This week we are finishing our series at St. Mark’s on the Song of Songs. This love poem in the Old Testament gives a rich picture of a romantic relationship, with all its ups and down, and the joy that can be found there. Our challenge has been to take this picture and see how it fits with our relationship to God. This week we consider the conviction that the young woman in Song of Songs has that for her, ‘love is strong as death’. She feels that no power in the world or beyond it can conquer the love that they have. Of course, we know that this is not true, however strongly these lovers may feel at the time. There is no ‘happily ever after’, despite what the movies promise. Our love does falter and diminish in many situations, and death provides a final end to that experience of love. So, we turn as we move on from the Song of Songs to the Christian hope that through Jesus the love of God is indeed stronger than death, so much stronger that death itself will be overcome by love in the end. This is ‘good news’ indeed!

-Andrew-

 

 

It is one of the strange things about our culture that we are one of the few groups of people in history who find it hard to believe in God. There are many reasons for this, but one is that we have inherited a very narrow understanding of what it means to experience God, and what God is like. In our series at St. Mark’s on the Song of Songs we come this week to a passage that considers the incredible range of things to enjoy in the world. Love, the beauty of nature, food, smells, recreation, rest, and so much more. Each one of these is a gift of God, as are the many sensitive capacities that we have to experience all these different pleasures and joys. The question becomes not how we could possibly experience God, but how we could avoid it! So where will you experience God today?

-Andrew –

Having been in the Hills for nearly a year now, I am entering into my second autumn and enjoying the explosions of colour everywhere among the trees as the leaves change and fall (not enjoying so much the necessity of raking them up!). Autumn is a beautiful time, and so can winter be when it comes, even among the cold and rain. There are many different things to experience in these seasons. This week in a couple of contexts I’ve had the opportunity to reflect on what the Bible calls the practice of ‘lament’, which is calling out to God in grief and questioning when things are not going right. When disaster or disappointment strikes, or we are going through a dark, wintry time. It’s important to understand that God welcomes this kind of expression from us (two-thirds of the Psalms are actually songs of lament), and that it is an opportunity to move into a deeper experience of God’s presence and love. This week is the Sunday of ‘Pentecost’, which celebrates the coming of the Holy Spirit on the church after Jesus returned to his Father. The seasons for the church and for Christians after Pentecost have often been autumn or winter, but we have hope that spring is coming.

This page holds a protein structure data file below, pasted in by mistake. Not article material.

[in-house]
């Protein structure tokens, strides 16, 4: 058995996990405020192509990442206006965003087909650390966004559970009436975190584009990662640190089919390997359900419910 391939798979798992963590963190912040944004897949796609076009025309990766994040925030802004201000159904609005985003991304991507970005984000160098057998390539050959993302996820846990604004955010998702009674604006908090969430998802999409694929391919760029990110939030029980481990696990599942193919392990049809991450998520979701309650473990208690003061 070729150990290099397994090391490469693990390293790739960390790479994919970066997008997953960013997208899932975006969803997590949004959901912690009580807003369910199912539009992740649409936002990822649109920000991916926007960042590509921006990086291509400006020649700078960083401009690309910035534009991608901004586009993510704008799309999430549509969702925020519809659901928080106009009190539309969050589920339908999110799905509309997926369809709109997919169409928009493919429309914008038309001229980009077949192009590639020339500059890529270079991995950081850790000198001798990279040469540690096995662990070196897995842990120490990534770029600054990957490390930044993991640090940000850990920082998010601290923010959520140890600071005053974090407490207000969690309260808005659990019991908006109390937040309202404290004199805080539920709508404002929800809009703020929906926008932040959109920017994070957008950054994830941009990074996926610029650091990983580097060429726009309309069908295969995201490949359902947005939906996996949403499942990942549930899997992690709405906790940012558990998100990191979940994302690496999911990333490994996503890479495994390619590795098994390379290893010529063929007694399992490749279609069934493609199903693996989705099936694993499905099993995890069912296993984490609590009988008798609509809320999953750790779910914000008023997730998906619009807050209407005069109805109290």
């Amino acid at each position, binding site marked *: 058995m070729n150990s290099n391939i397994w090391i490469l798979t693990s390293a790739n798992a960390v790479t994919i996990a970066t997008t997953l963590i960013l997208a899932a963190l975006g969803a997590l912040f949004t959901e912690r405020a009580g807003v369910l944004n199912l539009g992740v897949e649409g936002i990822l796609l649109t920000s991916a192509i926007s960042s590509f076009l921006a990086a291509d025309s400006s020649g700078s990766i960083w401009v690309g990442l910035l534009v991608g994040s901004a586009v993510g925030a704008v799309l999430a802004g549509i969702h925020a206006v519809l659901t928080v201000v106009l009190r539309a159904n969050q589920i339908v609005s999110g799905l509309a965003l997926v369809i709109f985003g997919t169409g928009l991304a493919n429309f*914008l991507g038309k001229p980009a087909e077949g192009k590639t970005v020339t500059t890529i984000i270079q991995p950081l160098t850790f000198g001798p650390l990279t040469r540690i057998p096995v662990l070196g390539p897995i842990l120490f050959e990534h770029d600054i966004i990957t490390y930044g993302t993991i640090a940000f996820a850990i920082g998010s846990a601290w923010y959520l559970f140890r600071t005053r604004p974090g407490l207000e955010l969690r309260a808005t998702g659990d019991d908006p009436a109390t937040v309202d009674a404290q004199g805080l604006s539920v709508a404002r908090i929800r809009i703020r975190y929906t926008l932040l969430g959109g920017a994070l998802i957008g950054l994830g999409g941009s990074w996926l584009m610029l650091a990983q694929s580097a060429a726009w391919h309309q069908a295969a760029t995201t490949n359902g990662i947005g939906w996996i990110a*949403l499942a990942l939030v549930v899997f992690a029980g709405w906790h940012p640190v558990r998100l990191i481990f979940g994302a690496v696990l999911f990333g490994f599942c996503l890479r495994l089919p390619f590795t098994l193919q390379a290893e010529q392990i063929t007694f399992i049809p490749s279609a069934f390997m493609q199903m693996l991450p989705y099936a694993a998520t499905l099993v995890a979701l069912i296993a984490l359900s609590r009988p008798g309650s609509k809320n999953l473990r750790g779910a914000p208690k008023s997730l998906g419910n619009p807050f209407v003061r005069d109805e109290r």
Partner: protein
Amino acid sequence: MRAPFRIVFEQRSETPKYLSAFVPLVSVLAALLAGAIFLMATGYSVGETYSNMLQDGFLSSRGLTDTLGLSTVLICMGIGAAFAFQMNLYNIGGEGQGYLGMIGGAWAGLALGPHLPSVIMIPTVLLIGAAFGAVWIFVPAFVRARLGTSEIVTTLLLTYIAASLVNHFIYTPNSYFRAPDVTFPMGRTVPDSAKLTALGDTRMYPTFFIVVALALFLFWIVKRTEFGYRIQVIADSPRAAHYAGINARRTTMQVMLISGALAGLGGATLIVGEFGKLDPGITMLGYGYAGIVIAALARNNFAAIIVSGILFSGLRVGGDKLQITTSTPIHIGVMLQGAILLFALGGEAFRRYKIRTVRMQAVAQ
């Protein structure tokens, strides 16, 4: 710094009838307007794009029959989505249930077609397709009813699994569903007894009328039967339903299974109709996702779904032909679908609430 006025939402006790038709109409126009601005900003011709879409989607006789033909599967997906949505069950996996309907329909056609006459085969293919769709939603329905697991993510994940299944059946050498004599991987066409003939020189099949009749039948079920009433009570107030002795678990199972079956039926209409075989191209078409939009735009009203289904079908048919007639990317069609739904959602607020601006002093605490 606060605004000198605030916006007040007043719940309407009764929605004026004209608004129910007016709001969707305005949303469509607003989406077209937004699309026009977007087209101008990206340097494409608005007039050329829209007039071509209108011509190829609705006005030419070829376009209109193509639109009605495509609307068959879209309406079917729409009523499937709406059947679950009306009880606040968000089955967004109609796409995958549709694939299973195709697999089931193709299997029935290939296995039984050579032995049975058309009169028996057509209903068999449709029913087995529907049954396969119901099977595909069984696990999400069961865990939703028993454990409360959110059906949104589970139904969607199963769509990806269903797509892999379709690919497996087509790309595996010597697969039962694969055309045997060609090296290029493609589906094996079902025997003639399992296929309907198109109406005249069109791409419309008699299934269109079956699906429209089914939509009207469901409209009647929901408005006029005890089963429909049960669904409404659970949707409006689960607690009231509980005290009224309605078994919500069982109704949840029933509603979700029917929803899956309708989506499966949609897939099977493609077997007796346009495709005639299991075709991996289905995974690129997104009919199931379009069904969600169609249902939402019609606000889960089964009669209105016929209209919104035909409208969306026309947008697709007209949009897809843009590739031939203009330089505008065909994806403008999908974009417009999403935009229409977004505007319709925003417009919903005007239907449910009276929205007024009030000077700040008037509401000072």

-Andrew-

By definition, most of us are ‘ordinary’ people. We do similar things to others of the same age as us, we have similar hopes and dreams. But many people dream of being ‘extraordinary’ and living an amazing life, and our society encourages these kinds of aspirations. This can make is hard to feel that our lives are significant or special if we are not particularly successful, important or interesting. Our series at St. Mark’s on the Song of Songs touches on this topic this week, showing us that, when we see with the eyes of love, even ordinary people are glorious and radiant creatures. Jesus showed his disciples in his ‘transfiguration’ that the glory of God was in him, even if not visible to everyone. And all of us are the same as we grow closer to God. This week we honour and celebrate our mothers on Mother’s Day. Mums are often the best example of an ordinary, everyday life that has extraordinary and glorious results, so thanks to all our Mums everywhere and we pray you have a great weekend.

-Andrew-

This Term at St. Mark’s we are considering the Song of Songs, a collection of love poetry in the Old Testament. This is a book that has a lot of joyful and exuberant celebrations of love and the enjoyment that romance can bring, and we see in it an image of the love that God has for us and we can have for him. However, there are also moments in the Song of Songs that acknowledge some of the painful moments of a relationship, including the pain of separation and not being with the one we love. This week we are thinking about how to interpret the times when we experience that God is absent from our hearts and we don’t feel his love. Even Jesus experienced this as he went to the cross, the feeling that his Father had ‘forsaken’ him. The deep truth that the Song of Songs reveals is that this might be part of how we learn to love more truthfully and deeply. Can we move forward from immaturity, and learn to love God for himself and not just for the things that he gives us?

-Andrew-